• The RemoteWare Data Drive machine needs only all the files that actually relate to the RemoteWare system backed up. These files and subdirectories are located in the path entered during installation. The data drive path, <ServerData>, will contain the 5 main directories in bold, and may contain the other directories depending on the version of RemoteWare, the configuration, and which add-on components are installed:
  • \Backup
  • \Data
  • \ECF
  • \Inventory Manager
  • \ldinv
  • \Node
  • \Nodesys
  • \results
  • \Subscriber
  • \Sysfiles
  • \System
  • \Toolkits
  • \Worklist
  • \Workshop
  • Each RemoteWare Workstation should have a complete backup including all Operating System files and RemoteWare files as well as the Registry.
  • Microsoft SQL Server should have each database that is used by the RemoteWare system backed up. This includes the scheduling database, and the Logging database

How to backup the RemoteWare system

The main thing to remember when backing up the RemoteWare System is that all RemoteWare services on all RemoteWare Servers and Workstations should be stopped prior to performing the backup.

Method 1

The following steps detail the recommended method for backing up the entire RemoteWare System.

  1. Shutdown the RemoteWare service on each RemoteWare Workstation.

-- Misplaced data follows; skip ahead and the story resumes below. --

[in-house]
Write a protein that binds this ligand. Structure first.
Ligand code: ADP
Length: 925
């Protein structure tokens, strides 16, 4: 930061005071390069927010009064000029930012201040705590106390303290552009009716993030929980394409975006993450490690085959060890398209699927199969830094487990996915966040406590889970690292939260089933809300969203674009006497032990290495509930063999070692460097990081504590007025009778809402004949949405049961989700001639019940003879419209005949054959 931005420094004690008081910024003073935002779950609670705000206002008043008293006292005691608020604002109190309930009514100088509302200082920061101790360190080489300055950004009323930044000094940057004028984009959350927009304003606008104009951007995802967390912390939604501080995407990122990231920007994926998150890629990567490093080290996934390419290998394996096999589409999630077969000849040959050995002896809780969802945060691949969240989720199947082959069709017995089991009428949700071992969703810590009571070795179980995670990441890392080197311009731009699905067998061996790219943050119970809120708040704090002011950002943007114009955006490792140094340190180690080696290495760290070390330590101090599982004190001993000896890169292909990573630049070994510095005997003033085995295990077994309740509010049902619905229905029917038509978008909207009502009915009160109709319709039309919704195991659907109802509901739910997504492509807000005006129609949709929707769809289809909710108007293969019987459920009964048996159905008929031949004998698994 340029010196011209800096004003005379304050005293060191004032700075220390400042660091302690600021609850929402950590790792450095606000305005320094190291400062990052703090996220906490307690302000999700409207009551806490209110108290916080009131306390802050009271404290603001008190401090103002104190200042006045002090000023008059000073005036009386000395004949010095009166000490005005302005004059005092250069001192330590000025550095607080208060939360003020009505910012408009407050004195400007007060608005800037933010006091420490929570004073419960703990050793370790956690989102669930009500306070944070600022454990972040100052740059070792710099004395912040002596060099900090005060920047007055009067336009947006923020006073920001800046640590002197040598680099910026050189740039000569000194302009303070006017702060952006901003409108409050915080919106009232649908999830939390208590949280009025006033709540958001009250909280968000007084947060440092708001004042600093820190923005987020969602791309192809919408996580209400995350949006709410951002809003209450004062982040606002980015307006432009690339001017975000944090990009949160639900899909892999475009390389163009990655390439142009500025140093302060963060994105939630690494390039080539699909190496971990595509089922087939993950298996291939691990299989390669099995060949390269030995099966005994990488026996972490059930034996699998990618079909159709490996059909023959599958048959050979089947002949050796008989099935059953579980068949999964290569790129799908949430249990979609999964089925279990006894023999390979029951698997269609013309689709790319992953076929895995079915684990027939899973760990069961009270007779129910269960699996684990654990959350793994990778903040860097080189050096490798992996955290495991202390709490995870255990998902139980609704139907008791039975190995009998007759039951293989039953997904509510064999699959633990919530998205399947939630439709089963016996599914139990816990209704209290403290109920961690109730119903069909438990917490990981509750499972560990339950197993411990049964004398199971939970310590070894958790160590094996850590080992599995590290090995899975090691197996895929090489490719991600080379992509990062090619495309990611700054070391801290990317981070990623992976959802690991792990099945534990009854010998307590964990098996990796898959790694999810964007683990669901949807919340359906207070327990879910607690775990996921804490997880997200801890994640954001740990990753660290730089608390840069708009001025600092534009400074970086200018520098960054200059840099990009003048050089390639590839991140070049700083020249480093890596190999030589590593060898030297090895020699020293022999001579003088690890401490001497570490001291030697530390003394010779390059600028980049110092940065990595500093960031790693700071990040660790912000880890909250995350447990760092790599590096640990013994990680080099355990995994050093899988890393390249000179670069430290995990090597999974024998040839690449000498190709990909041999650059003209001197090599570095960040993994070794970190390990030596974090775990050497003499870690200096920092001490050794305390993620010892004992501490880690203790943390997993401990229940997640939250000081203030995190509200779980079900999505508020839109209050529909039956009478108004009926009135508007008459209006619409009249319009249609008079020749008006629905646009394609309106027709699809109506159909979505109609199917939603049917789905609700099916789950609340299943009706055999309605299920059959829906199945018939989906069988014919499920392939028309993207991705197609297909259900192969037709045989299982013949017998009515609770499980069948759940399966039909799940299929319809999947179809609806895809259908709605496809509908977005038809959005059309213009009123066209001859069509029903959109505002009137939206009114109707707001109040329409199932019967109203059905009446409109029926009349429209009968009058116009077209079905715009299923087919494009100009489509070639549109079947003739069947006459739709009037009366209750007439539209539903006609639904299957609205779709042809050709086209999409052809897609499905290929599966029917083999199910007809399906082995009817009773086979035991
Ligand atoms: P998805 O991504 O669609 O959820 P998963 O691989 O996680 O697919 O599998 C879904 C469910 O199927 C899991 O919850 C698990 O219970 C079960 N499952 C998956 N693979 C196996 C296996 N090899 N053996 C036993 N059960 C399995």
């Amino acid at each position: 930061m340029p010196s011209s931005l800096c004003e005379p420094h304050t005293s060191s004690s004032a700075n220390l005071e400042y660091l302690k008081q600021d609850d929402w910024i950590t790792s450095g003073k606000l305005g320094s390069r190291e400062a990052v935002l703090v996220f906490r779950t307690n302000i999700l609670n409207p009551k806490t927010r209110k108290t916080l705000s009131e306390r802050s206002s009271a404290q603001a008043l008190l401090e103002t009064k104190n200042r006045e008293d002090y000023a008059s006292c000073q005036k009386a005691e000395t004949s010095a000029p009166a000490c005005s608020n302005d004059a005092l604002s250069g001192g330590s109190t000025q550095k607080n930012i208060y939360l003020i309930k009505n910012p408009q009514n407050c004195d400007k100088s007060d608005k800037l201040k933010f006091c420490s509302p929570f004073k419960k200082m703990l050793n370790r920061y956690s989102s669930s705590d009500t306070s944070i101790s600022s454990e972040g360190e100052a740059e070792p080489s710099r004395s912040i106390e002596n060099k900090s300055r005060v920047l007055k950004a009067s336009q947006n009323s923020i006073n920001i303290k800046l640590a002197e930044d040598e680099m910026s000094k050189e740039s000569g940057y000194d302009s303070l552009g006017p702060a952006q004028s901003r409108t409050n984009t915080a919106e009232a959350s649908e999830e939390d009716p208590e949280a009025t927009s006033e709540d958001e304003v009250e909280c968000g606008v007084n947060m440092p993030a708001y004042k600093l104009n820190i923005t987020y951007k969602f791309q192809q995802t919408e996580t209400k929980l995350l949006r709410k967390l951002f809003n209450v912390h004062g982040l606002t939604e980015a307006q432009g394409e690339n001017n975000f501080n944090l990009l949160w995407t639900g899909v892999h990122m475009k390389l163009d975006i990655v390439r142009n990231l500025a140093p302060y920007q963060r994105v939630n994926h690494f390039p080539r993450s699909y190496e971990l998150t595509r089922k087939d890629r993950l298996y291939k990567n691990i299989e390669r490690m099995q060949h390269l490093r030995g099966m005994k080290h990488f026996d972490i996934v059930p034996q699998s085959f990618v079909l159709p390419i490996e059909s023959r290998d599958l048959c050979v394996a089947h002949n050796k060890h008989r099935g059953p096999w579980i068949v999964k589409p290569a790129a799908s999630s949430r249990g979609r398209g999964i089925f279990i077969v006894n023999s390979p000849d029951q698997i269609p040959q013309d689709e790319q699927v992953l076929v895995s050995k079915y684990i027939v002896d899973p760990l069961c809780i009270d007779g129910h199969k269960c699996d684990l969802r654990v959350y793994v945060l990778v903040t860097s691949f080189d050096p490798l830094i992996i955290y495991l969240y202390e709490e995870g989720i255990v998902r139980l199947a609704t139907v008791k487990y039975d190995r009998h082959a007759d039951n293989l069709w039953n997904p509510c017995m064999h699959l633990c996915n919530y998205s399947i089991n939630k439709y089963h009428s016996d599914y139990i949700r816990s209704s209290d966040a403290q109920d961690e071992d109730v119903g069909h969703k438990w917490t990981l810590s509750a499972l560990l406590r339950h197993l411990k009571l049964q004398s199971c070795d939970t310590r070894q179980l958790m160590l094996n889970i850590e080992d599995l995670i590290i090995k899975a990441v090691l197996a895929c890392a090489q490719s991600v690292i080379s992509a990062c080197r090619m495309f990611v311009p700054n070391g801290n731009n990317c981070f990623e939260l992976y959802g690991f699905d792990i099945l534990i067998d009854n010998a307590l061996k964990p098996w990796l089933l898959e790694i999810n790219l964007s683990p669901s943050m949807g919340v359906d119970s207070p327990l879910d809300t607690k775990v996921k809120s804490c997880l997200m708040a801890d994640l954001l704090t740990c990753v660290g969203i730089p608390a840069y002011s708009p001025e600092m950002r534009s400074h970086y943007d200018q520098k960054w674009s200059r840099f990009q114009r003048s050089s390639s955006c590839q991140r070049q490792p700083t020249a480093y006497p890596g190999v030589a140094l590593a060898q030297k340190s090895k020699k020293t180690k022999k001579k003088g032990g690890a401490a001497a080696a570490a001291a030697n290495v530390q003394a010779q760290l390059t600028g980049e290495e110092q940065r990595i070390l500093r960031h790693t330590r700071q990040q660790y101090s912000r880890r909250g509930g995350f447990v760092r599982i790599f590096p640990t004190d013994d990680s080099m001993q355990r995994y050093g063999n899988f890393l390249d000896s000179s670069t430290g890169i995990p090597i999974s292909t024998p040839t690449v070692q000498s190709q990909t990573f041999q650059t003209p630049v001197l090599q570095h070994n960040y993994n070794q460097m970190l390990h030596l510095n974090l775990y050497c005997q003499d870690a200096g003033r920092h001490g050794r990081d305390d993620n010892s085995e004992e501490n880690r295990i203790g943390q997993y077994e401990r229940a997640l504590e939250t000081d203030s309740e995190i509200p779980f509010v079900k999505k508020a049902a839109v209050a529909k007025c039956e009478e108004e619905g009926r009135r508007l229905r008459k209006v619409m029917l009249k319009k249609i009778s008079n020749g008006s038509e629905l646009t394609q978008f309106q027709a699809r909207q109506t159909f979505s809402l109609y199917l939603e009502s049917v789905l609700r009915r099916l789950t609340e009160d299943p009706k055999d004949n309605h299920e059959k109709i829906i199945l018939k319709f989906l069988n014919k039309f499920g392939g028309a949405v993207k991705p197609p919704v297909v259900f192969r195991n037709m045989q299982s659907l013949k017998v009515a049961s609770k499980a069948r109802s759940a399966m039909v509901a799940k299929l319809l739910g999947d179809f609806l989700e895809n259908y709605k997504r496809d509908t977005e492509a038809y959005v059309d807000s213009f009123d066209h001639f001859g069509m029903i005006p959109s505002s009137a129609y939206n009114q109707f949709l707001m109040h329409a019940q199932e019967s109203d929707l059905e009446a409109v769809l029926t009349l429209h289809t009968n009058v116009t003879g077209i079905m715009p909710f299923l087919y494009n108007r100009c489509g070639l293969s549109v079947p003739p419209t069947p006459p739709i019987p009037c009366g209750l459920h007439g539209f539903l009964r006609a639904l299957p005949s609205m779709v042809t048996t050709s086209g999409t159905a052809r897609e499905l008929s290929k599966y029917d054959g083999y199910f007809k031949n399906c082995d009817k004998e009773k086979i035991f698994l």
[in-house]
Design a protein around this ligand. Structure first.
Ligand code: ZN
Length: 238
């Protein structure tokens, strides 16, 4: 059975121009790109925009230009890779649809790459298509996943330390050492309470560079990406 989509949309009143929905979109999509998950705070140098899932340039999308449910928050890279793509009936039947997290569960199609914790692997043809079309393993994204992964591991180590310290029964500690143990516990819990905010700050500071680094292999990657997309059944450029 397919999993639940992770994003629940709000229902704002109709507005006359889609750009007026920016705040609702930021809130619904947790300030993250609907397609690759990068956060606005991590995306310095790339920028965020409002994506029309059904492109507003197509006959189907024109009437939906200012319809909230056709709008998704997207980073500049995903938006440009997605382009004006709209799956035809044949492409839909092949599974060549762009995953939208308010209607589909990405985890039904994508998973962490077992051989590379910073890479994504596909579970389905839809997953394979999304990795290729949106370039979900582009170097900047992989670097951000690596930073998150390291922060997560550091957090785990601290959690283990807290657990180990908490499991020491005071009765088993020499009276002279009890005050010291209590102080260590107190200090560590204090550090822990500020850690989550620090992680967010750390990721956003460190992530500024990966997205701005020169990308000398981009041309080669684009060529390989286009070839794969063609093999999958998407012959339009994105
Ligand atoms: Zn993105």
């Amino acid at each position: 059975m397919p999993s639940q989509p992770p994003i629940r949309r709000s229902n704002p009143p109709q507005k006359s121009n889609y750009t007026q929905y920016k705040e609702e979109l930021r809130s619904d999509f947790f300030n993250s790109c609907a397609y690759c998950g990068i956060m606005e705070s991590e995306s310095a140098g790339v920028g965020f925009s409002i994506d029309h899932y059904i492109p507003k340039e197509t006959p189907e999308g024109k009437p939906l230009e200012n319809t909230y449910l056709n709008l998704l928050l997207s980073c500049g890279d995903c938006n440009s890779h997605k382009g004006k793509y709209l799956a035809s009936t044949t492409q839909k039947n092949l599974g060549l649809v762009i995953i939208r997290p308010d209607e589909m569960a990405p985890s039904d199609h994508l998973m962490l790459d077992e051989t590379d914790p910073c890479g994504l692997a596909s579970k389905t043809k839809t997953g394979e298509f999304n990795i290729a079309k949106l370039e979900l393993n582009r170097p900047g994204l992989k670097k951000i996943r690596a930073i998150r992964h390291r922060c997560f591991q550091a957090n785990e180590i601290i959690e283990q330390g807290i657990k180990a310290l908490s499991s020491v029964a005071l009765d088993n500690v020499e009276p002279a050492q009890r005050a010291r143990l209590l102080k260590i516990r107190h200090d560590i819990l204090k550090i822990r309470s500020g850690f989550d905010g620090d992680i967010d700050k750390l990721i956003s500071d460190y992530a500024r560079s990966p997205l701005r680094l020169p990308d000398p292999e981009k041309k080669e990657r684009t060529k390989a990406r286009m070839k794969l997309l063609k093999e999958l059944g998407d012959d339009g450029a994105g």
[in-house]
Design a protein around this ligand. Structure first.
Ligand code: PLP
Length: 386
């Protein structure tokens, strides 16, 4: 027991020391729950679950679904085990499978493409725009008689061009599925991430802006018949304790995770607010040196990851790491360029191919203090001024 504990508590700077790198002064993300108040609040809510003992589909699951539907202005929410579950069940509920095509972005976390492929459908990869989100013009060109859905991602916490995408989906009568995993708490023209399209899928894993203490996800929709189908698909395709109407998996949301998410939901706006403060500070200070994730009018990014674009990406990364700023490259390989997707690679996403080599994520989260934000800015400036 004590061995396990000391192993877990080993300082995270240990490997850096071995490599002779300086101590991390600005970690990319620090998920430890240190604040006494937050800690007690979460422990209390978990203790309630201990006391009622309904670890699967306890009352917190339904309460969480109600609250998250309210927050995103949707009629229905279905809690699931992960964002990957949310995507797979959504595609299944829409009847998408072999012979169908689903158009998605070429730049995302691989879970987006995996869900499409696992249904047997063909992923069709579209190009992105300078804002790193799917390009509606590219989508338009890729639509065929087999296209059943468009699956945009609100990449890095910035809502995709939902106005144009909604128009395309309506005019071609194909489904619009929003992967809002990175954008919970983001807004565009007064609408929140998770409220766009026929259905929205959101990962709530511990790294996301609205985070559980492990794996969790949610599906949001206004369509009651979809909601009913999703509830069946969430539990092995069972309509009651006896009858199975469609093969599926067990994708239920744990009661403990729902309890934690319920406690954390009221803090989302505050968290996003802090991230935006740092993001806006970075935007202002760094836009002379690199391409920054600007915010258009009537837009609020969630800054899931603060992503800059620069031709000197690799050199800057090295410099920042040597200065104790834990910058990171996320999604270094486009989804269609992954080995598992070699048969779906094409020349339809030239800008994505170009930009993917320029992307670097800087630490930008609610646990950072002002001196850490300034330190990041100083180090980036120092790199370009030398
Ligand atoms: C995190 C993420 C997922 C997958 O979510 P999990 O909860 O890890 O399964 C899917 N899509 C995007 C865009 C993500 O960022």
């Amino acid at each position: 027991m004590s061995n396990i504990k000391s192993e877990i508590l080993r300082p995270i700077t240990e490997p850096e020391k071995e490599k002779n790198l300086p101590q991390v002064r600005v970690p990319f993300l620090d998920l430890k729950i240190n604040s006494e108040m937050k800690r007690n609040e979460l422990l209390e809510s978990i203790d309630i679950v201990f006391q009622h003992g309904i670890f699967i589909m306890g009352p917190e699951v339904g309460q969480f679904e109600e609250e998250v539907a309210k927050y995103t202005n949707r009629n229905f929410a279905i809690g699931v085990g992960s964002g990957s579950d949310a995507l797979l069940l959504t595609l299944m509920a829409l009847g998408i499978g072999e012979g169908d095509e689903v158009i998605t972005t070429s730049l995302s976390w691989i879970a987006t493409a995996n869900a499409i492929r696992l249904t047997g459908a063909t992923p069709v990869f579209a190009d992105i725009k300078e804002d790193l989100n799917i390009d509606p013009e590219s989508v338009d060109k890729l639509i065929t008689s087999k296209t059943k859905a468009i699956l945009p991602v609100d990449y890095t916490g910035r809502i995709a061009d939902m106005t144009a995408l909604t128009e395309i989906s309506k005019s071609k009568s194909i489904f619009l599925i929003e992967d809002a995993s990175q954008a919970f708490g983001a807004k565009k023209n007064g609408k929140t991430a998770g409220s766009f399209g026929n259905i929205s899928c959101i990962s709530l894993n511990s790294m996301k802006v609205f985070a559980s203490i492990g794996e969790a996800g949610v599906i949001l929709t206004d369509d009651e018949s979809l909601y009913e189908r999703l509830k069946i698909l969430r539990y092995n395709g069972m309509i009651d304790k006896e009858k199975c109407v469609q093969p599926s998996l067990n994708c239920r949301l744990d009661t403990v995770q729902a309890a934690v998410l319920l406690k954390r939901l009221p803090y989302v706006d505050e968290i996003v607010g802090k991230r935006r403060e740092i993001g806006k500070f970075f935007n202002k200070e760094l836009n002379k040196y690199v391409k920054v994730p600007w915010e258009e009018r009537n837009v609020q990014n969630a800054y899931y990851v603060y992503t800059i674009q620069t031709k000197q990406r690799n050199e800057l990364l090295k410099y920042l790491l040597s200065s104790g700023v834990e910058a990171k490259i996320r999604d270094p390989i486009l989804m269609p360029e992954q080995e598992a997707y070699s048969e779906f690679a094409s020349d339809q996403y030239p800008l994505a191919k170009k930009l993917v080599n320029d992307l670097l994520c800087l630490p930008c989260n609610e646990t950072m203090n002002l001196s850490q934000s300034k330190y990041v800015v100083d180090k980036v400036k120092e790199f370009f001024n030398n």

2. Shutdown the RemoteWare service on each RemoteWare Server.
  3. Run a backup program to backup the RemoteWare Data drive files.
  4. Run a backup program to backup all the files (including the Operating System files and the RemoteWare files) and the registry on each RemoteWare server.
  5. Backup each SQL Server database used by the RemoteWare System. Each of these steps must be performed every time a backup is run. This will save the entire system they way it exists now and will allow the admin to restore it to the exact state in which it existed at the time of the backup.
Method 2

The administrator can use a modified version of these steps to save time and backup space. This method allows the admin to run the above steps once or at longer intervals and then backup just specific parts of the RemoteWare System that have changed at shorter intervals

  1. Complete the above steps at least one time to ensure a complete system backup.
  2. At each shorter interval, backup the following information that has changed using the following steps:
    1. Shutdown the RemoteWare service on each RemoteWare Workstation.
    2. Shutdown the RemoteWare service on each RemoteWare Server.
    3. Run a backup program to backup the RemoteWare Data drive files
    4. Run a backup program to backup each SQL Server database used by the RemoteWare System.

When to perform a backup 

When to backup depends on what is installed, how much the admin can afford to lose if the system goes down and how often the system can be brought down to perform backups. One recommended solution is to run a Complete Backup (Method 1) once a week and then daily perform the Partial Backup (Method 2). This will allow the admin to have a system the admin can restore to the state in which it existed the day before. With this procedure, at most the company will loose at most one day's worth of changes should a disaster occur. However the admin can perform the Partial Backups more frequently, perhaps every 12 hours. That would allow the recovery of data up to 12 hours old. Newer changes will be lost